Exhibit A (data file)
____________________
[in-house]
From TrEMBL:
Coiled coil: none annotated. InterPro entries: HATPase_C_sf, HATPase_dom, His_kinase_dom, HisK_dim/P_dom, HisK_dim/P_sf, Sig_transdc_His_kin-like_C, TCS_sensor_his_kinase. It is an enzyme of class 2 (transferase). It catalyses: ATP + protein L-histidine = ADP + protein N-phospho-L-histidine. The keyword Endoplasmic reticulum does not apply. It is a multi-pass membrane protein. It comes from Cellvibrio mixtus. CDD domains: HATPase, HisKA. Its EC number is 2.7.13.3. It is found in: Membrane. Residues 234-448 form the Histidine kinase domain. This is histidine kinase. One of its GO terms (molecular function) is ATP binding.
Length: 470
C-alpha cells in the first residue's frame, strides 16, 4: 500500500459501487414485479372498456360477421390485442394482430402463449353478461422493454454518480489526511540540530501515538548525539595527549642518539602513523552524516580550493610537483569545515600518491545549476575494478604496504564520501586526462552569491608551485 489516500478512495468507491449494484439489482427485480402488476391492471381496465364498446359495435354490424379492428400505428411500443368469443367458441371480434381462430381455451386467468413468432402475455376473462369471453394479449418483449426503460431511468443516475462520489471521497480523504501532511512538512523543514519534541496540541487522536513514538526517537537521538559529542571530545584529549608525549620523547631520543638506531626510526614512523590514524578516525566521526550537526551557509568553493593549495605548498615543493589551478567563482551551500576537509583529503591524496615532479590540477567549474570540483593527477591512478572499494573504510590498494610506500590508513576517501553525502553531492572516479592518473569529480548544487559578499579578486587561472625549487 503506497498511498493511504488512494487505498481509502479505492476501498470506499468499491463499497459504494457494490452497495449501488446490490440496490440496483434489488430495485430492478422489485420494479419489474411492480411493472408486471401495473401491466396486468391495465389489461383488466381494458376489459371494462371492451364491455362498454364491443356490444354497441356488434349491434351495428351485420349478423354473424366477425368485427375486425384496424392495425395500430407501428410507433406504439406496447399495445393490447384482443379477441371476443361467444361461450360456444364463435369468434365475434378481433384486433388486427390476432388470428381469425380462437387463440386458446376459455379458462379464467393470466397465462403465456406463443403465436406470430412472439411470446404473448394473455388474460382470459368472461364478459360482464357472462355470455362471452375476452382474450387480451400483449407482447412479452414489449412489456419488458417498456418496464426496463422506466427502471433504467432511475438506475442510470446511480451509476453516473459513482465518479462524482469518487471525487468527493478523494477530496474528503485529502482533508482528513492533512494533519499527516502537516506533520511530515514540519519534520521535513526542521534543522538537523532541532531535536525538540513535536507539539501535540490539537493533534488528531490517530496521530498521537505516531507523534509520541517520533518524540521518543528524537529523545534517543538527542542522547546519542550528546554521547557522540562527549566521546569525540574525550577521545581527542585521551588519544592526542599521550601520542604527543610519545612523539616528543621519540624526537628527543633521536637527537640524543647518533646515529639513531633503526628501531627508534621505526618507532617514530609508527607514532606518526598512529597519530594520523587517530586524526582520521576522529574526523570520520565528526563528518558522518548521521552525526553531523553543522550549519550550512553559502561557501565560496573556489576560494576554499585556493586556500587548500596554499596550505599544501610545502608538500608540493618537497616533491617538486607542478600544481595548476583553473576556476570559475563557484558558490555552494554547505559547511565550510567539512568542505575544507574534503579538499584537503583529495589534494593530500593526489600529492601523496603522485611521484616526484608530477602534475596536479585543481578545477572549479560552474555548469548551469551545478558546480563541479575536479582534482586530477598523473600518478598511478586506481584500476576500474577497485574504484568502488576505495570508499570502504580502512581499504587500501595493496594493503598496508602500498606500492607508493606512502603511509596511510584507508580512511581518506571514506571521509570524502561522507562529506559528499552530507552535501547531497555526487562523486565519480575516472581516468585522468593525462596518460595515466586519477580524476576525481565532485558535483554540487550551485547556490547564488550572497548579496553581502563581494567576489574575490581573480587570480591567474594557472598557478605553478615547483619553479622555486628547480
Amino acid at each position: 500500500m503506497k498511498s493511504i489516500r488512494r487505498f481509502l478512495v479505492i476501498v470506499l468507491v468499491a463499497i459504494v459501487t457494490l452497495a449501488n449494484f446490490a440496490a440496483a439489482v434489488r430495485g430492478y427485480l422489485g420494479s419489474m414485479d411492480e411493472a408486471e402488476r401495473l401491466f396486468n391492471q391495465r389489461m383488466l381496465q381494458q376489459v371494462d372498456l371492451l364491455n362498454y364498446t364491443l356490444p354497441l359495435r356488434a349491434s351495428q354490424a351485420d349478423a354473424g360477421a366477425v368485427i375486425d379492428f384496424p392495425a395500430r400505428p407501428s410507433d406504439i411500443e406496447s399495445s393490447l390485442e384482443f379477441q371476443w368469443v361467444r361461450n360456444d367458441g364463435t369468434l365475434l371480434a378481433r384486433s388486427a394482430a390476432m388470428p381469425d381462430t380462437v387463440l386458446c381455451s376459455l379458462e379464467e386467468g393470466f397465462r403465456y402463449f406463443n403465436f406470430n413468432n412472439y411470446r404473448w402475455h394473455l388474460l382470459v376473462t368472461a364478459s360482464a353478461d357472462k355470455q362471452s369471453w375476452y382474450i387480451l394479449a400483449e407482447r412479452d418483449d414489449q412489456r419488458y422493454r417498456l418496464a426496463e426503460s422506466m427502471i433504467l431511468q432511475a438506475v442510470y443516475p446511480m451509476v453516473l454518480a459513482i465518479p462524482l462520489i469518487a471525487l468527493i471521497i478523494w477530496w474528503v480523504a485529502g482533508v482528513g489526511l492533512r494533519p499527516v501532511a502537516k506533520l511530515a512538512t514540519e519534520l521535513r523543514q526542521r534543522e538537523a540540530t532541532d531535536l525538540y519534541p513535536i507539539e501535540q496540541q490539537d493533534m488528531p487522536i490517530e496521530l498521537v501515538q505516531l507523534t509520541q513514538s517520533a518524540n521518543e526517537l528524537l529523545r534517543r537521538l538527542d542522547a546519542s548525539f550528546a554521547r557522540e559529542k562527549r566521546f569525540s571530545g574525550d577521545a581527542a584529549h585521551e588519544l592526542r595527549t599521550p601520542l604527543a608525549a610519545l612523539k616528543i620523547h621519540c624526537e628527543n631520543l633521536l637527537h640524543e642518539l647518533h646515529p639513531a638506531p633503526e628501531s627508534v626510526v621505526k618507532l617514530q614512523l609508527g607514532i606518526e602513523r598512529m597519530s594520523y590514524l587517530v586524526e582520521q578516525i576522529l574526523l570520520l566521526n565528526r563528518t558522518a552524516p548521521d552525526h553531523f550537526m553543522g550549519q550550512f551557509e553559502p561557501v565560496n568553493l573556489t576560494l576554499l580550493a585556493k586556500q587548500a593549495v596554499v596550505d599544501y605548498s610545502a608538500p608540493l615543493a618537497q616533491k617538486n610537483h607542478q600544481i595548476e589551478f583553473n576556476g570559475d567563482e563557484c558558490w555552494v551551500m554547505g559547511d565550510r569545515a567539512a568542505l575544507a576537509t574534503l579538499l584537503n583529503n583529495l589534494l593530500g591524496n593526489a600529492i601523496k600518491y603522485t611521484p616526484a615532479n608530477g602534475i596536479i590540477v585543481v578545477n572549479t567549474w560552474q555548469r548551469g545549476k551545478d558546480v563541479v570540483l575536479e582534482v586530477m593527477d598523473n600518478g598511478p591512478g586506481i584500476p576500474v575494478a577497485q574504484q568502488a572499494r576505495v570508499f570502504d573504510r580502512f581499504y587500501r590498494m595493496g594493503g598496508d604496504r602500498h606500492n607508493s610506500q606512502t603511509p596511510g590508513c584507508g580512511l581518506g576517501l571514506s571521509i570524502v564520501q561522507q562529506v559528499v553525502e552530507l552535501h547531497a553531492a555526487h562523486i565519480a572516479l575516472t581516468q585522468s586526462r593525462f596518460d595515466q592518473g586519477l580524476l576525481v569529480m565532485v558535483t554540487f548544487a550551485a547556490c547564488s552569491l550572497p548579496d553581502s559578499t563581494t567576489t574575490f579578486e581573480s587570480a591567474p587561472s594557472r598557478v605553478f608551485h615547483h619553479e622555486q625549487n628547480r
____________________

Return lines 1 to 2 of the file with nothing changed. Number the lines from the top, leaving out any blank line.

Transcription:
[in-house]
From TrEMBL: